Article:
HOUSTON, May 3 -- Using a new electronic system for instantly polling attendees at technical sessions of the 2006 Offshore Technology Conference in Houston, 42% of the respondents at a May 2 panel discussion said they expect crude prices to remain high for 3-5 years.
Another 26% of those attending the panel session on the role of independents in the offshore industry said they expect high crude prices to last for 1-2 years, while 30% said prices would drop back to $40-60/bbl "soon." The rest of the 69 respondents said crude prices would fall back to $30-40/bbl in the near future.
Representatives of the six independent oil companies appearing on the panel generally were more bullish in their outlook for crude prices. Earl Reynolds, vice-president and general manager of the international division of Devon Energy Corp., Oklahoma City, said he expects high crude prices to be sustained "for quite some time." But when it comes to budgeting long-term exploration and development projects, he said, "We don't invest that way."
Another panelist, Brian Reinsborough, vice-president of exploration for Nexen Inc., Calgary, said crude prices in excess of $70/bbl are likely too high to sustain and will probably fall back closer to $50/bbl in 4 years. However, the development of huge oil sands deposits in Canada—in which Nexen is involved—eventually could make North America "independent" of crude supplies from other countries, he said.
Development of oil sands and other energy sources that "used to be considered nonconventional" will increase crude supplies and bring down prices, said John Simon, vice- president of development at Amerada Hess Corp., New York.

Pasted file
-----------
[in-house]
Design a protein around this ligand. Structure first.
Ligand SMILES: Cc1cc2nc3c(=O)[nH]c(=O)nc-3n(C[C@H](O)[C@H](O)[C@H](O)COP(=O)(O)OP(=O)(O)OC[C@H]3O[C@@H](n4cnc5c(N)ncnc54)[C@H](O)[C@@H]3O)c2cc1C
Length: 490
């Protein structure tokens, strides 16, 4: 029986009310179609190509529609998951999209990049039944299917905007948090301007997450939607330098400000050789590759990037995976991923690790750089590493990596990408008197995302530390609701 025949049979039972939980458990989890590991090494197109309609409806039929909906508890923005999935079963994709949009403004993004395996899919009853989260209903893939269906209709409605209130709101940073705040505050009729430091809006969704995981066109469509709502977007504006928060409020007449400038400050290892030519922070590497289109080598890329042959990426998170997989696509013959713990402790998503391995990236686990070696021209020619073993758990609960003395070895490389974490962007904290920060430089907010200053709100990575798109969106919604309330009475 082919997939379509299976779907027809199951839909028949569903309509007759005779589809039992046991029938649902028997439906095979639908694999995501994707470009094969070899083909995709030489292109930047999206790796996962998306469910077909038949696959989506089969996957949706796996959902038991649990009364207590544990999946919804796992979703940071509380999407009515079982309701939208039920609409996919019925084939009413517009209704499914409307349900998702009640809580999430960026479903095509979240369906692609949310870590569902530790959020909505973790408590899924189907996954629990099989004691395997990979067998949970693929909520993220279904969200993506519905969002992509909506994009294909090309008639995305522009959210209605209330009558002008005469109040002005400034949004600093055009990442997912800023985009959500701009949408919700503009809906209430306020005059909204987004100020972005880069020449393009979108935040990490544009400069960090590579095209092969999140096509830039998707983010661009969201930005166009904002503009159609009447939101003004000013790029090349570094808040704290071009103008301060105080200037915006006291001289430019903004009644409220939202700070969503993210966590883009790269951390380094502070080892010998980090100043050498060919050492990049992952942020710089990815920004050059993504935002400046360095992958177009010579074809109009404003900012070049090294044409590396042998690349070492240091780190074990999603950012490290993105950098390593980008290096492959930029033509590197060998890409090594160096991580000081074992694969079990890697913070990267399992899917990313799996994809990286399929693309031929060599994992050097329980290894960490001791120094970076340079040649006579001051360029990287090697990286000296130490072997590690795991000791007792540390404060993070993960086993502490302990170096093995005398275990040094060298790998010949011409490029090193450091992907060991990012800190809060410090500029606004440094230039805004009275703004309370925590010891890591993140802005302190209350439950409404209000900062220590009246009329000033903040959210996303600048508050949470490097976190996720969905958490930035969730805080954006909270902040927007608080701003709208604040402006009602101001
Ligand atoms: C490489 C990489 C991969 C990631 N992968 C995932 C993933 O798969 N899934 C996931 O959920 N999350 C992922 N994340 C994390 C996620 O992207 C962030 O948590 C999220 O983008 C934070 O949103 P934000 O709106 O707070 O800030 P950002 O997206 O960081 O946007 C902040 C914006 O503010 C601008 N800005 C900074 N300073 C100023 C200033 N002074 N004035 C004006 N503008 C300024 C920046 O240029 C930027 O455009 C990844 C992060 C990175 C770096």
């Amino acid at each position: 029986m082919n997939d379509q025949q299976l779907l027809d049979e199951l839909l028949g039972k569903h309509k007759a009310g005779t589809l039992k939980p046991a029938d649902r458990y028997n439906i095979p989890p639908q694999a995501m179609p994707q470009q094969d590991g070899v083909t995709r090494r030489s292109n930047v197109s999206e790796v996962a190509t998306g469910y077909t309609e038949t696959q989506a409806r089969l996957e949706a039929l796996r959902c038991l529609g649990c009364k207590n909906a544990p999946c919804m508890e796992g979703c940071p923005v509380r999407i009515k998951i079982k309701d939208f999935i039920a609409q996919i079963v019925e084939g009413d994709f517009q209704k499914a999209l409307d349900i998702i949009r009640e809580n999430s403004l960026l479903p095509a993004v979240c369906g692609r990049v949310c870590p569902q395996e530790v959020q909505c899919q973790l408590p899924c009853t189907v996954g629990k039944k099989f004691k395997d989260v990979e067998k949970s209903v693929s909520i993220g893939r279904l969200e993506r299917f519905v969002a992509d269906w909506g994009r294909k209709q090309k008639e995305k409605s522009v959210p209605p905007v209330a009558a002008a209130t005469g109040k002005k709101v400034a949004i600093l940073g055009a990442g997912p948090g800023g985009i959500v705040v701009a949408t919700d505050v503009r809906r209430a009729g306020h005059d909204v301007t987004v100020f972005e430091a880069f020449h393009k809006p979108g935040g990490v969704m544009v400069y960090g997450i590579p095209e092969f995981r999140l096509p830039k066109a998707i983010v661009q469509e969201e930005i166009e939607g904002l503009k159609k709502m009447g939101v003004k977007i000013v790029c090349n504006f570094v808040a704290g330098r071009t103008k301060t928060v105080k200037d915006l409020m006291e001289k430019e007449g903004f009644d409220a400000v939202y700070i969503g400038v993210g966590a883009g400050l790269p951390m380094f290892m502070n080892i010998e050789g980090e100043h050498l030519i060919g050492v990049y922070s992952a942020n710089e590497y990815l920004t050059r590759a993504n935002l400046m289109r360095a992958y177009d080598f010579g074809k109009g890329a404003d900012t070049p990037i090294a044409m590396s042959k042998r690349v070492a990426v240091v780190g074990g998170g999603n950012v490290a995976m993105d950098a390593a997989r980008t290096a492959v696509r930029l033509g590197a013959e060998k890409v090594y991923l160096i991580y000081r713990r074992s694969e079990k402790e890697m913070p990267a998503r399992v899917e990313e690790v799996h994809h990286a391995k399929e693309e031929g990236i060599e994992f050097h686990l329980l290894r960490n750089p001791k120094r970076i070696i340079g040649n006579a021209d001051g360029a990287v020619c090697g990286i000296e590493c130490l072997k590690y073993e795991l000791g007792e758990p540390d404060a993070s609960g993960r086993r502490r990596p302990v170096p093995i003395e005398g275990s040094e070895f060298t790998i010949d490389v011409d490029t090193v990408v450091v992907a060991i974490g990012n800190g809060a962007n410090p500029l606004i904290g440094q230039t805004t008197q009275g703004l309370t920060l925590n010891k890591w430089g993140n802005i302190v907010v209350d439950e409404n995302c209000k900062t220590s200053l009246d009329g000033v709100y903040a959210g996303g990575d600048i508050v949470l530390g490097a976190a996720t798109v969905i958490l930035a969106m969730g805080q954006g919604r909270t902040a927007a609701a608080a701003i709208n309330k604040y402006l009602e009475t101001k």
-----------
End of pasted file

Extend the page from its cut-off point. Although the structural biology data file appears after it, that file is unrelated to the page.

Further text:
But a proposed "windfall profit tax" on oil company earnings in reaction to high crude prices would likely reduce industry investment in the development of unconventional resources, said Cory Loegering, vice-president of deepwater operations for Mariner Energy Inc., Houston.
In a later survey question on global supply and demand, 55% of the respondents said high energy prices eventually will increase production and encourage conservation. Another 14% said alternative energy sources will emerge to reduce demand for petroleum. However, 12% said crude production has already peaked, while another 12% said production not only will increase but will outpace demand. The remaining 8% said conservation will reduce demand below production.
One of the chief concerns repeated at many of the OTC technical sessions this year was the lack of new workers to replace the industry's aging workforce. At the independent panel session, 86% of 74 respondents predicted the industry will remain chronically understaffed for many years.
When asked to name the offshore industry's greatest challenge in 3-5 years, 49% of the 64 respondents picked access to workers, compared with 34% who said access to resources, 9% who picked volatility of commodity prices, and 8% who pointed to access to equipment and supplies. "All of these are creating a perfect storm" that is "pushing companies toward nonconventional resources and riskier areas of the world," said Reinsborough.
US colleges are not graduating enough petroleum engineers and geologists to replace the personnel losses from the industry's aging workforce, said Simon.
In a separate general session panel discussion, however, Fisoye Delano, group general manager for the Nigerian National Petroleum Corp. (NNPC), suggested that US oil companies that had difficulty attracting US recruits to the offshore industry would find "trained but inexpensive workers from other countries could be used in the Gulf of Mexico." Dalton Boutte, president of the WesternGeco division of Schlumberger Ltd. and also a member of that later panel, said international oil companies "must commit to training on a global level" both for new employees and on new technology.